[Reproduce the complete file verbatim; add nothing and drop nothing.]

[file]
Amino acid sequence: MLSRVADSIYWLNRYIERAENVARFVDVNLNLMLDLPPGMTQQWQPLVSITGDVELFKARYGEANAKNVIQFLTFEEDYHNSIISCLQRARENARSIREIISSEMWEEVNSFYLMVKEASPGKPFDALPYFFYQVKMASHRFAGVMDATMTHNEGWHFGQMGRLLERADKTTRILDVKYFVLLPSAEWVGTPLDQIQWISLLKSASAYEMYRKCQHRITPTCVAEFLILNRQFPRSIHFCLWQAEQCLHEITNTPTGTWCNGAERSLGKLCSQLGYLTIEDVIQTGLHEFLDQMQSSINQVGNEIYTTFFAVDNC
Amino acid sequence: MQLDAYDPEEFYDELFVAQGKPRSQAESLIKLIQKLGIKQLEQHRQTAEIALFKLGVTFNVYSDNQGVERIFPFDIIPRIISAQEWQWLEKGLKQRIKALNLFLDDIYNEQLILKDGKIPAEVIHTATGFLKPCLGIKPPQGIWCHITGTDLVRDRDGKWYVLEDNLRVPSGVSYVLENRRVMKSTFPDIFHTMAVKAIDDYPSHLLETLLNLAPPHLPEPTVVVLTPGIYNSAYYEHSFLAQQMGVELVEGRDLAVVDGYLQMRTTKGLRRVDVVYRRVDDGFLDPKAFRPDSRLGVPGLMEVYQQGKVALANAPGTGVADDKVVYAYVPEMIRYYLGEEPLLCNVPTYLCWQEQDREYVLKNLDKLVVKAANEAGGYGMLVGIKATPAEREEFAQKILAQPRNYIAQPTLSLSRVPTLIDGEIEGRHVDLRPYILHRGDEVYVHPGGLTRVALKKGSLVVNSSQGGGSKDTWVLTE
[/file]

Amino acid sequence: MLSRVADSIYWLNRYIERAENVARFVDVNLNLMLDLPPGMTQQWQPLVSITGDVELFKARYGEANAKNVIQFLTFEEDYHNSIISCLQRARENARSIREIISSEMWEEVNSFYLMVKEASPGKPFDALPYFFYQVKMASHRFAGVMDATMTHNEGWHFGQMGRLLERADKTTRILDVKYFVLLPSAEWVGTPLDQIQWISLLKSASAYEMYRKCQHRITPTCVAEFLILNRQFPRSIHFCLWQAEQCLHEITNTPTGTWCNGAERSLGKLCSQLGYLTIEDVIQTGLHEFLDQMQSSINQVGNEIYTTFFAVDNC
Amino acid sequence: MQLDAYDPEEFYDELFVAQGKPRSQAESLIKLIQKLGIKQLEQHRQTAEIALFKLGVTFNVYSDNQGVERIFPFDIIPRIISAQEWQWLEKGLKQRIKALNLFLDDIYNEQLILKDGKIPAEVIHTATGFLKPCLGIKPPQGIWCHITGTDLVRDRDGKWYVLEDNLRVPSGVSYVLENRRVMKSTFPDIFHTMAVKAIDDYPSHLLETLLNLAPPHLPEPTVVVLTPGIYNSAYYEHSFLAQQMGVELVEGRDLAVVDGYLQMRTTKGLRRVDVVYRRVDDGFLDPKAFRPDSRLGVPGLMEVYQQGKVALANAPGTGVADDKVVYAYVPEMIRYYLGEEPLLCNVPTYLCWQEQDREYVLKNLDKLVVKAANEAGGYGMLVGIKATPAEREEFAQKILAQPRNYIAQPTLSLSRVPTLIDGEIEGRHVDLRPYILHRGDEVYVHPGGLTRVALKKGSLVVNSSQGGGSKDTWVLTE